In some towns across the cropping zone, the smell of dead and decomposing mice is becoming a significant problem in shops, rubbish bins and under buildings and homes, where mice that have been baited have gone to die.
And the outbreak is growing. I’m getting reports from farmers of high mouse numbers from other parts of the cropping zone, through southern NSW, Victoria and South Australia.
Mice can cause damage during all stages of crop growth, and they don’t limit themselves to cereals. Farmers have reported significant damage in canola, lentils and other pulse crops. Likewise, mice removing freshly sown seed, browsing shoots and feeding on developing heads and seed pods all reduce crop yield.
Mice also cause significant damage to on-farm storages of grain and fodder. Contamination of grain with mouse faeces can lead to grain distributors and export markets rejecting produce (such as with sorghum in Southern Queensland).
How to know if we’re winning the war on Australia’s fire ant invasion, and what to do if we aren’t
This year has been so bad, farmers say they’re giving up on efforts to control mice with bait, and instead ploughing their summer crops back into the ground. Other desperate measures include burying entire haystacks to protect them from total decimation by mice.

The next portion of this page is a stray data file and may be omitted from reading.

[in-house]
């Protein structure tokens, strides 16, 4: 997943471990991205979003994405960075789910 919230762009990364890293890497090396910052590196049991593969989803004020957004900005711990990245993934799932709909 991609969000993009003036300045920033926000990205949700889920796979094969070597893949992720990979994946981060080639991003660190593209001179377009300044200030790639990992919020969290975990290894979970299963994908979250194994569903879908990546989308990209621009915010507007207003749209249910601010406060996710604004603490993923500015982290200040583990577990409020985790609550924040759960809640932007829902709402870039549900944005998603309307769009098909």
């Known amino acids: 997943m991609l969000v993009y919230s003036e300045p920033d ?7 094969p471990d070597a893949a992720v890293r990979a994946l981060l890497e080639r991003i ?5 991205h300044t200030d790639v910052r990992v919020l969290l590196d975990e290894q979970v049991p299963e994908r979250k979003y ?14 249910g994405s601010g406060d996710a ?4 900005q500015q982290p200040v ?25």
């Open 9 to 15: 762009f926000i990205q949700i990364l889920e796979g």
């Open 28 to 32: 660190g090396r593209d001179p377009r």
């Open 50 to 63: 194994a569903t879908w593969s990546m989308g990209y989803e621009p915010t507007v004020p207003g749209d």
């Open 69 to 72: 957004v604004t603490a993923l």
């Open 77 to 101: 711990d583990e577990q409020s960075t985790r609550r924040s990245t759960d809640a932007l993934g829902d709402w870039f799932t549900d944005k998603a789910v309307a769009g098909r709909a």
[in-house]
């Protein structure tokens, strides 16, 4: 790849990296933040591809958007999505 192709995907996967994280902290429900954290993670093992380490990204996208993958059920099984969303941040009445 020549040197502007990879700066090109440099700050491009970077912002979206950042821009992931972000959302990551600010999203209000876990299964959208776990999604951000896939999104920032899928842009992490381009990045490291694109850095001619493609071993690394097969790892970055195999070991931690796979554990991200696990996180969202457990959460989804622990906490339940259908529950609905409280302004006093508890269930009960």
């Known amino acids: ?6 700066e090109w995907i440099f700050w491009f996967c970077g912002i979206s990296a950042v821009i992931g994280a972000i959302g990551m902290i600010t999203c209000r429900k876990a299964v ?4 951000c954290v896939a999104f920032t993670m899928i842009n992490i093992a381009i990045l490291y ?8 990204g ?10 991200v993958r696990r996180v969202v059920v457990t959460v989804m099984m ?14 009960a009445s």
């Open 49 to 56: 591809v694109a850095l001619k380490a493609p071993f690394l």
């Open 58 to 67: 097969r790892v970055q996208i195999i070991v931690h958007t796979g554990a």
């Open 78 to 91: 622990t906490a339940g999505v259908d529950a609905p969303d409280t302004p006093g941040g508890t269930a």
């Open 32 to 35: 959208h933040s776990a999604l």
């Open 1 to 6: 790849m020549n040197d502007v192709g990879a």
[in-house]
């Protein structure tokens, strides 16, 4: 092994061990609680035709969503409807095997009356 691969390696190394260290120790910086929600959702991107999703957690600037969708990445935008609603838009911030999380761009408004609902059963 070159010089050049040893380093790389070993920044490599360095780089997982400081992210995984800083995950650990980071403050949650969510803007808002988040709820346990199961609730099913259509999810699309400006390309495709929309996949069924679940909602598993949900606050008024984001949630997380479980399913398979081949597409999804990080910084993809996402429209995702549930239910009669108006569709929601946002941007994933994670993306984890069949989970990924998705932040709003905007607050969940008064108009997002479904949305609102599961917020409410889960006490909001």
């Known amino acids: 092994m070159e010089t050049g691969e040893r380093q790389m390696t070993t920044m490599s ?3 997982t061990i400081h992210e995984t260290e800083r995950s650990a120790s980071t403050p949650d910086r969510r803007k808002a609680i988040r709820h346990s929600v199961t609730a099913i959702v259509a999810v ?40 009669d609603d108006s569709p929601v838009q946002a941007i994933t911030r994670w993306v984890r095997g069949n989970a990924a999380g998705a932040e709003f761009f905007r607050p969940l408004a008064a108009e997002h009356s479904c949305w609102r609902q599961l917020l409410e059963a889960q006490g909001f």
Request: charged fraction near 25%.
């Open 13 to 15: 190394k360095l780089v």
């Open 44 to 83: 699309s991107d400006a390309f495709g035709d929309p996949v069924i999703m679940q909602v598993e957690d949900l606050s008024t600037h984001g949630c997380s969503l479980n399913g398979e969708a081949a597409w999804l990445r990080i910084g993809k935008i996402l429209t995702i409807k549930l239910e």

The cotton industry, rarely impacted by mice, has even sought an emergency permit to allow control of mice in cotton crops using zinc phosphide baits, the only approved chemical control measure for mice in broad-scale agriculture in Australia.
So how does this horror end?
The drivers for the end of a mouse outbreak are not well understood. It’s thought a combination of high numbers, food running short and disease leads to mice turning on each other, eating sick and weak animals and offspring, resulting in a dramatic crash in the population. Farmers, in previous outbreaks, have reported mice disappearing almost overnight.
CSIRO, with the support of the Grains Research and Development Corporation, is working on developing a range of new ways to reduce the impact of mice in crop production systems. Key focuses include monitoring populations to make predictions about future outbreaks and developing of better predictive models.
We’re also investigating how current cropping practices influence mouse behaviour and their population dynamics. This will help us assess potential new control strategies, develop more effective baiting procedures, and consider the potential of future genetic control technologies.
Still, the introduced house mouse will be an ongoing problem in Australian farms and rural communities for years to come. We must urgently find ways to reduce the economic and social impact of mice, not only for the sustainable production of crops, but also for the mental well-being of rural communities.
Shy rodents may be better at surviving eradications, but do they pass those traits to their offspring?
Steve Henry, Research Officer, CSIRO
This article is republished from The Conversation under a Creative Commons license. Read the original article.